WaterShed’s inspiration comes from the Chesapeake Bay and its watershed. Covering 64,000 square miles across six states and the District of Columbia, the Chesapeake Bay watershed includes over 100,000 smaller rivers and streams that eventually drain into the Bay. The bay itself is the largest estuary, or body of water where fresh and saltwater mix, in the United States.
The Chesapeake Bay has a complex balance of salinity and nutrients that must be maintained. Nearly 4000 species of plants, fish, and animals rely on the Bay’s unique environment to survive. Water runoff from the 16.6 million human inhabitants of the Chesapeake Bay watershed and the cities, towns, power plants, and farms that make their lives possible upsets this subtle ecological balance in catastrophic ways. The long-term success of this ecosystem is challenged by inadequate storm water management systems combined with expanding development of houses, businesses, and infrastructure that increasingly put pressure on the Bay.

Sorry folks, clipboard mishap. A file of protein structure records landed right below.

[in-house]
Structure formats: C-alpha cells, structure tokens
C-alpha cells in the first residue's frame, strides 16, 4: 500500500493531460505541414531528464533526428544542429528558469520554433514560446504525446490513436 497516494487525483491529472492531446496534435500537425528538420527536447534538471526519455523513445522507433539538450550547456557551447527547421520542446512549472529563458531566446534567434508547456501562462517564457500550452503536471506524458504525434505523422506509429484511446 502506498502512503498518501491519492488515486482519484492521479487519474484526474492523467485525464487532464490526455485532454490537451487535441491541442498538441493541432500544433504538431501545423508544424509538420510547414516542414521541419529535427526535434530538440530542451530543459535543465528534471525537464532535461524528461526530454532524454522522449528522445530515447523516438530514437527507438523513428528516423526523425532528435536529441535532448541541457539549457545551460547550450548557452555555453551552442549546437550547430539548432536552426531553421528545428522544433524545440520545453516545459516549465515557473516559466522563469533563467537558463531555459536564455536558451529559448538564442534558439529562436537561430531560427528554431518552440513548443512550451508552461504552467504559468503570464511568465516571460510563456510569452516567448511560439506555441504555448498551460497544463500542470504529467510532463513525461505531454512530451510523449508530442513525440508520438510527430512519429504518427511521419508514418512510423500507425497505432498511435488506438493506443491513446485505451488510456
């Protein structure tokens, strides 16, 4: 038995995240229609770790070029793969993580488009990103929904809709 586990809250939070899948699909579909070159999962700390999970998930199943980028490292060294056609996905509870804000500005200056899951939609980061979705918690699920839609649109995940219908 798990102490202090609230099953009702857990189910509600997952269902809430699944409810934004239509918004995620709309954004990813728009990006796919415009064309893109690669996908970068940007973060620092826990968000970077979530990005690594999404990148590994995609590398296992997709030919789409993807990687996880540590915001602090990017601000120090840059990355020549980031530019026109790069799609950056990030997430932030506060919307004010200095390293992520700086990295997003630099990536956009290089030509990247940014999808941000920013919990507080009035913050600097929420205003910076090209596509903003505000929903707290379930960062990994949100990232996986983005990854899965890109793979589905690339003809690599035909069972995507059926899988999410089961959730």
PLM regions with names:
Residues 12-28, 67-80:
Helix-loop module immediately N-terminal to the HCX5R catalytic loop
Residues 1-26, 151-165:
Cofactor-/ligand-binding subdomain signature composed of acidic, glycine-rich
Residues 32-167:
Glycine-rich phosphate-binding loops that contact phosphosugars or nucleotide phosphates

WaterShed brings attention to the threats the Bay faces. Its design serves as a model for how our built environment can help preserve the richness of watersheds everywhere by managing storm water on site, filtering pollutants from grey water, and minimizing water usage.
To learn more about the Chesapeake Bay, please visit the Chesapeake Bay Foundation.
For more information on watersheds, please visit this USGS page.